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FRL IV: ORATORY, PART 2

in pluribus propositis, cum1 aut singulis statim ratio subiciatur, ut est apud Gaium Antonium: “sed neque accusatorem eum metuo, quod sum innocens, neque competitorem vereor, quod sum Antonius, neque consulem spero, quod est Cicero”: [95] aut ...

114 P. CANNUTIUS

T 1 Cic. Brut. 205

= 76 T 10.

T 2 Cic. Clu. 29, 50, 73 (cf. F 5, 6, 8)

... a P. Cannutio, homine eloquentissimo ... [50] ... P. Cannutius, homo in primis ingeniosus et in dicendo exercitatus ... [73] ... Cannutio, perito homini ...

354

114 P. CANNUTIUS

could be kept up certainly in a number of propositions, when either the reason is given immediately for each one, as in Gaius Antonius’ [remark]: “But neither do I dread him as an accuser, because I am innocent, nor do I fear him as a rival candidate, because I am Antonius, nor do I expect to see him consul, because he is Cicero”;2 [95] or ...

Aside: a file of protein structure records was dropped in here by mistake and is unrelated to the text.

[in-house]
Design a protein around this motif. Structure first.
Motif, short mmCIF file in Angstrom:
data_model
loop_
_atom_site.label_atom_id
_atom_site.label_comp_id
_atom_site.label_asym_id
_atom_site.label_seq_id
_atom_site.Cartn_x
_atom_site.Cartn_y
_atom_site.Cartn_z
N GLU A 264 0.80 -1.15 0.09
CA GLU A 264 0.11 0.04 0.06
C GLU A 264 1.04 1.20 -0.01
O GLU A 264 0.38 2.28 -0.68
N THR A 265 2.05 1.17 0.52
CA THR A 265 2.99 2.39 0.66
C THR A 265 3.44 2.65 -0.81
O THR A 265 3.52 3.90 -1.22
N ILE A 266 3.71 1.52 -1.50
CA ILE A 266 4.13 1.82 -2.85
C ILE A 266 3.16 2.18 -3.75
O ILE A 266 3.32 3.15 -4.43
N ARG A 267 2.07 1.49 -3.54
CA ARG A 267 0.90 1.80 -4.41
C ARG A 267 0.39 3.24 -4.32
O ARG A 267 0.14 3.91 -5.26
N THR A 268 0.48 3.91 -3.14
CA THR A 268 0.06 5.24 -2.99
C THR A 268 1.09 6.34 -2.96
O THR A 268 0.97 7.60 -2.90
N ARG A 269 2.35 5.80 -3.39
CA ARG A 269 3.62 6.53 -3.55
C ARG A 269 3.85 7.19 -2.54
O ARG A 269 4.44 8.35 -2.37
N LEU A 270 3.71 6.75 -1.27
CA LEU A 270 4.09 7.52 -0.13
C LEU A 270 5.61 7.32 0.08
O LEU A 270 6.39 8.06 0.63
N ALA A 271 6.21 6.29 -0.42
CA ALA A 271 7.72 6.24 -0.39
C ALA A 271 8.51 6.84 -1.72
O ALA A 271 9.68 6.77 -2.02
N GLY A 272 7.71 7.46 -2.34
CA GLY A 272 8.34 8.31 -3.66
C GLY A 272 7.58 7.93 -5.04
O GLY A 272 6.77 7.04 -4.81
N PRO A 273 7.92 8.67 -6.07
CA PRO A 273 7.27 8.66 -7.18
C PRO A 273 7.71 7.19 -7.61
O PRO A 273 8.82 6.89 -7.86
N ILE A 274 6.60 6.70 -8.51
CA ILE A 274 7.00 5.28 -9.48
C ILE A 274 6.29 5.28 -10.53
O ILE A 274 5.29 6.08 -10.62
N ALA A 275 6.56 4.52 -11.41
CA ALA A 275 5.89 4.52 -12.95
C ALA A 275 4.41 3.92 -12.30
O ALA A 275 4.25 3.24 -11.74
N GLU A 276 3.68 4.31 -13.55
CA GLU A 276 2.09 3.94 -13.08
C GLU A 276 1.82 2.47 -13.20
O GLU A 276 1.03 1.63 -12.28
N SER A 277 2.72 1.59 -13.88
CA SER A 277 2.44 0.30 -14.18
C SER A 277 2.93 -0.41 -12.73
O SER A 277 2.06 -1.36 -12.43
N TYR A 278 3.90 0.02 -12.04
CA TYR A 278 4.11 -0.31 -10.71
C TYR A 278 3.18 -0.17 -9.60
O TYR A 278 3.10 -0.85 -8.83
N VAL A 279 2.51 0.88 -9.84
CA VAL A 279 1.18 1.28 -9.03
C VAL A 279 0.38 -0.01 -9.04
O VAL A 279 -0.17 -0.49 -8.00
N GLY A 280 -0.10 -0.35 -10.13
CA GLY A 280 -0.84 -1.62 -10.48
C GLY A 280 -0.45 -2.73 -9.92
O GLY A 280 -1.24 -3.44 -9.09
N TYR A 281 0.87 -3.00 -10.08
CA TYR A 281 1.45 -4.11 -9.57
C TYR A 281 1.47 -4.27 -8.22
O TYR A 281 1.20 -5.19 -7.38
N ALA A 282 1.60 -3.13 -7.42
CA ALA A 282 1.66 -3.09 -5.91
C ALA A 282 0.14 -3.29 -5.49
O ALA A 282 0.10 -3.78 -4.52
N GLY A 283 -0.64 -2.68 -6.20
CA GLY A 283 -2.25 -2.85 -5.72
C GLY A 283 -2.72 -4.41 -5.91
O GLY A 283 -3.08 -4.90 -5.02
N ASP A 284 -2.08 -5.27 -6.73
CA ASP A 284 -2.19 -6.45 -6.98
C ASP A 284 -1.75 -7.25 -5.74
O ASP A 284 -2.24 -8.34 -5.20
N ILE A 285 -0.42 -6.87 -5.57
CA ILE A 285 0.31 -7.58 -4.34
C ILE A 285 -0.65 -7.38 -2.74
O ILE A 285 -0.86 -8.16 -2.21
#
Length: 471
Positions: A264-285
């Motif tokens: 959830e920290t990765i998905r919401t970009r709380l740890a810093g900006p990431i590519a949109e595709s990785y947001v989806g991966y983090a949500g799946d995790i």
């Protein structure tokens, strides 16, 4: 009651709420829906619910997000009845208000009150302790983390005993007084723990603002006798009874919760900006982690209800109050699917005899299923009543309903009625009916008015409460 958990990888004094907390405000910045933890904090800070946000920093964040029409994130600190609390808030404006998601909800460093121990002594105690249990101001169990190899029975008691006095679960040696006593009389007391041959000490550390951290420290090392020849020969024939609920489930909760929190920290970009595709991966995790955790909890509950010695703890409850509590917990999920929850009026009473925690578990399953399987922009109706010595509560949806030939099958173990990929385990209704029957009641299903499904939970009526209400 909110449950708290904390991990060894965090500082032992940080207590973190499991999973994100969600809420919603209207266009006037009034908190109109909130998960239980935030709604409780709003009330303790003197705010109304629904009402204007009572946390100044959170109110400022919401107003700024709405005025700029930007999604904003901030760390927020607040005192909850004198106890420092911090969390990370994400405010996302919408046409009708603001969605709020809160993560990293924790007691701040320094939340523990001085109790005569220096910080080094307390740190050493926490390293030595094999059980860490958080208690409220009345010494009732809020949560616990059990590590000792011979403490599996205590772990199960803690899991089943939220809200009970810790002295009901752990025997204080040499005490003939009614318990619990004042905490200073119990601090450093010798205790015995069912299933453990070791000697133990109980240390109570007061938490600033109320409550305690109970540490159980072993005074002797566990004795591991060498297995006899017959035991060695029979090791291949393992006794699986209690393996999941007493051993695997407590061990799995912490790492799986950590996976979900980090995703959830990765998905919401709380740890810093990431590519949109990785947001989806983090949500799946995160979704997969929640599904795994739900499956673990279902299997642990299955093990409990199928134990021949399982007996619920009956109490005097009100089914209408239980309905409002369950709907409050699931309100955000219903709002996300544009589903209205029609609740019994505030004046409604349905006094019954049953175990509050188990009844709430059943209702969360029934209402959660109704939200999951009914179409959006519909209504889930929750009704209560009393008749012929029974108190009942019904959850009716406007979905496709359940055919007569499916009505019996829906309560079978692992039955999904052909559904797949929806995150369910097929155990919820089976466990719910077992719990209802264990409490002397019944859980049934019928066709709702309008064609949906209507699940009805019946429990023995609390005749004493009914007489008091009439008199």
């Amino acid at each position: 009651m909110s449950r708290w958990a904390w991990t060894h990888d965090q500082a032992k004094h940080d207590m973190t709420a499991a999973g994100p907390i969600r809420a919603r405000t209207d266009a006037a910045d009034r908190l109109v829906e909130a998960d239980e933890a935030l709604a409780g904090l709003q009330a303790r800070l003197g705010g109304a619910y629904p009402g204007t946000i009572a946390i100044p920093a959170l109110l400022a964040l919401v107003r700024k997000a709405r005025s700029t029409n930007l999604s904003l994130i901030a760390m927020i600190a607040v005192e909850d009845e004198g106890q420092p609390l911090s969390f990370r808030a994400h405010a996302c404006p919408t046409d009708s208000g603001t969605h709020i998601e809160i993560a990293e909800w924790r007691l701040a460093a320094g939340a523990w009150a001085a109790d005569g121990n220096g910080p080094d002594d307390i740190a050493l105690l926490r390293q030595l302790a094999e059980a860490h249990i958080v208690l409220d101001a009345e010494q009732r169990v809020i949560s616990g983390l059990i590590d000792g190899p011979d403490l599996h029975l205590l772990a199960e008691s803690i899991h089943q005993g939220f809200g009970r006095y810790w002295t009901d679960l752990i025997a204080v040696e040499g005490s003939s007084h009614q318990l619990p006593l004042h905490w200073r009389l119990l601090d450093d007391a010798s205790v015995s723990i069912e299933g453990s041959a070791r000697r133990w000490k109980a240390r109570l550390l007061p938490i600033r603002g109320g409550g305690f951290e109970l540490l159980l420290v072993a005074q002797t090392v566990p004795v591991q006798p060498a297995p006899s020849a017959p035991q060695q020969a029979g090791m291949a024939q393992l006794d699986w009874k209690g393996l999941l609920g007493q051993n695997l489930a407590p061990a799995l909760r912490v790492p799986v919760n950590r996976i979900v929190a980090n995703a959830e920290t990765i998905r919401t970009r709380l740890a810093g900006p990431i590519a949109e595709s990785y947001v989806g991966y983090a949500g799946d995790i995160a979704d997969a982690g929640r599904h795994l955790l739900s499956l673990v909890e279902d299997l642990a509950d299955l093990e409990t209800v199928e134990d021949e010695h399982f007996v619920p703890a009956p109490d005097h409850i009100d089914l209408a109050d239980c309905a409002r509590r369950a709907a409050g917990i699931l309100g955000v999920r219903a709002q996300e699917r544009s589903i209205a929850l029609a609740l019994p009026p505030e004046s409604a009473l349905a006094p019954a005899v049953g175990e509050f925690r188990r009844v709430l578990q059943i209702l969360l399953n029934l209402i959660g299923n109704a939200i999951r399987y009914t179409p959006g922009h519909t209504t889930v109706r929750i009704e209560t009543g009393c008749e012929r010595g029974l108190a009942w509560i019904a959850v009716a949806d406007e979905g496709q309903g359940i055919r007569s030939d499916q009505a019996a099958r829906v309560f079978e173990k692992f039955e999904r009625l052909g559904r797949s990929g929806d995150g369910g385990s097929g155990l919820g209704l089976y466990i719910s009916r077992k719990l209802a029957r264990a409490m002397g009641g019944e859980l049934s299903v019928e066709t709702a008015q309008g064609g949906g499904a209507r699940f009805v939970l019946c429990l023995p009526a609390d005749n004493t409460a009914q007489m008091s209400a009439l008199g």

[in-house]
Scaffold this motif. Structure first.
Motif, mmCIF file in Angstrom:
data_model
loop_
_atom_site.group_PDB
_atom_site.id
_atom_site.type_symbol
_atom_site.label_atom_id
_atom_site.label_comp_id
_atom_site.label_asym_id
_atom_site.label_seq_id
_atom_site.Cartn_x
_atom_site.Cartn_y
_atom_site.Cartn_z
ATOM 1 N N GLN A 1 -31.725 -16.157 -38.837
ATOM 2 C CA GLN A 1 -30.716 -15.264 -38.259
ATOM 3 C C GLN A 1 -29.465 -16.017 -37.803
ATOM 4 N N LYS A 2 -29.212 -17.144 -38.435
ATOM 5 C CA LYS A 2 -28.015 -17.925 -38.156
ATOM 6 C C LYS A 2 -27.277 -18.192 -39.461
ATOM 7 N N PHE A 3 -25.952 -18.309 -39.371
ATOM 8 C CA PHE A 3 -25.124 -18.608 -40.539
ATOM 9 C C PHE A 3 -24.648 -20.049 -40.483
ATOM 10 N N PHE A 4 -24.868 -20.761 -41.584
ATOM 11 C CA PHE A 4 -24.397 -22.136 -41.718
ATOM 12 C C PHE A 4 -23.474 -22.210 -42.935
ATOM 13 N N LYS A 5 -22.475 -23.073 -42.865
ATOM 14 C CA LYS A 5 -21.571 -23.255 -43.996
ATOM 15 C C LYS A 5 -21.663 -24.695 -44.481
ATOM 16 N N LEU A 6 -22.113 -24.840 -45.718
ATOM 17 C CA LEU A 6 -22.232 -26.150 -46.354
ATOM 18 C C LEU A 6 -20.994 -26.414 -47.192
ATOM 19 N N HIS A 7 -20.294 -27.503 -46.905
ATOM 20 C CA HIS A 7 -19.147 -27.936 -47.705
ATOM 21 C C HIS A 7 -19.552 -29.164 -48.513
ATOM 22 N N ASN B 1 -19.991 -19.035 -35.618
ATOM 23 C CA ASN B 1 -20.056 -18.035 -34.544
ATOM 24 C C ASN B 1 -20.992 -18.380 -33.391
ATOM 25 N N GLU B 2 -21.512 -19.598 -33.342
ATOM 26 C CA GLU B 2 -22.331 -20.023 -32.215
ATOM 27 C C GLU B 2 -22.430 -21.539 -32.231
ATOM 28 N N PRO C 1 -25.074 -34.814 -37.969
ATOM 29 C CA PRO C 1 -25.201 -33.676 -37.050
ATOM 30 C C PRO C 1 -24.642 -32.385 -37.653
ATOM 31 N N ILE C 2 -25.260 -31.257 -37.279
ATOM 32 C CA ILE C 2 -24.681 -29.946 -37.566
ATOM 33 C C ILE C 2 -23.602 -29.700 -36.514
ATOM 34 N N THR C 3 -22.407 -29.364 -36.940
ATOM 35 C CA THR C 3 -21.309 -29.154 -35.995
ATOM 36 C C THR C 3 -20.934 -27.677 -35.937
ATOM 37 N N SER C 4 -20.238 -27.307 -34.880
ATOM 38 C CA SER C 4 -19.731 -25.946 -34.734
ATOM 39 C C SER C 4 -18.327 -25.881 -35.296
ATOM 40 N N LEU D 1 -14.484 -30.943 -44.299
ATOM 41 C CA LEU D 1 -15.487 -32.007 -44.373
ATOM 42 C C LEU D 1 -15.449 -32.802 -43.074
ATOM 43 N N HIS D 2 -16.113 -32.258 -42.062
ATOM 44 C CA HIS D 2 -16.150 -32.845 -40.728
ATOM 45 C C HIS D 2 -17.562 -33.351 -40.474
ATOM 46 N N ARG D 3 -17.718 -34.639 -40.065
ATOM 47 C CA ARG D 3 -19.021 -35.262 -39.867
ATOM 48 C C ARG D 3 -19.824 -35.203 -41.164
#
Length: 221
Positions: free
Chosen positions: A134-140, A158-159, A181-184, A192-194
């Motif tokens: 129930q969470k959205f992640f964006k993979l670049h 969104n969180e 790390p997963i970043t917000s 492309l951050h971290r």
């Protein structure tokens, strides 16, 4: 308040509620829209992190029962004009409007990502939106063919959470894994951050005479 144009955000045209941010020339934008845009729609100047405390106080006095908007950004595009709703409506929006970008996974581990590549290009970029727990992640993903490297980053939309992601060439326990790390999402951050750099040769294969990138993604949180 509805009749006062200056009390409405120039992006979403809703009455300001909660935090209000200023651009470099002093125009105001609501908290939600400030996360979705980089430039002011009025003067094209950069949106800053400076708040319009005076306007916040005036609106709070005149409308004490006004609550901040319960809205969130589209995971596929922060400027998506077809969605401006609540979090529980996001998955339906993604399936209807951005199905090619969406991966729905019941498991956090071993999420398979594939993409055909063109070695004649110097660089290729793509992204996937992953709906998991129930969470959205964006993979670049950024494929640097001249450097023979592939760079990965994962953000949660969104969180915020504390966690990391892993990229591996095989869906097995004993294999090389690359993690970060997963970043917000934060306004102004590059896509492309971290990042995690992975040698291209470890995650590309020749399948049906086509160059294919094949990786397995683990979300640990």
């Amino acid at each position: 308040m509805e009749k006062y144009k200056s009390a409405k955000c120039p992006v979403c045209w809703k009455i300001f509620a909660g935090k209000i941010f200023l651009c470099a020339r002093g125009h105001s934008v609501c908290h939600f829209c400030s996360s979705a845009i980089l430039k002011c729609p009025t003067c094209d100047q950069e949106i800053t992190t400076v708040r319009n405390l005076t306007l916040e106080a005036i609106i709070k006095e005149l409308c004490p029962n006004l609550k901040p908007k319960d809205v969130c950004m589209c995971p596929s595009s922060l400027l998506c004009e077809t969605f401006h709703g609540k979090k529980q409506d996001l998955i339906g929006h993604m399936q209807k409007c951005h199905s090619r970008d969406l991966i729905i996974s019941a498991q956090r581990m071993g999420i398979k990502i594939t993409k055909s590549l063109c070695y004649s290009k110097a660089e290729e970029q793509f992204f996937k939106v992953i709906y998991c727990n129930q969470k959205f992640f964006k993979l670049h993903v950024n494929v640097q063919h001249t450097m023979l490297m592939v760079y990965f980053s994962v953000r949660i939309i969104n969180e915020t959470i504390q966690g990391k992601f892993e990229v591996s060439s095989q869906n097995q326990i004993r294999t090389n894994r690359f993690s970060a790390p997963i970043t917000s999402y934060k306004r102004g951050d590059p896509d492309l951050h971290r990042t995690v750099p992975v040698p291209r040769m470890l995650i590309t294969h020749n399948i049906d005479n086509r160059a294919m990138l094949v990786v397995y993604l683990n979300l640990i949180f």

114 P. CANNUTIUS

P. Cannutius (RE Cannutius 2) is described in Cicero as his contemporary and the best orator of those not of senatorial rank (T 1–2).

T 1 Cicero, Brutus

= 76 T 10.

T 2 Cicero, Pro Cluentio (cf. F 5, 6, 8)

... P. Cannutius, a most eloquent man ... [50] ... P. Cannutius, a man particularly gifted and proficient in speaking ... [73] ... Cannutius, an experienced man ...

355
DOI: 10.4159/DLCL.fragmentary_republican_latin-oratory.2019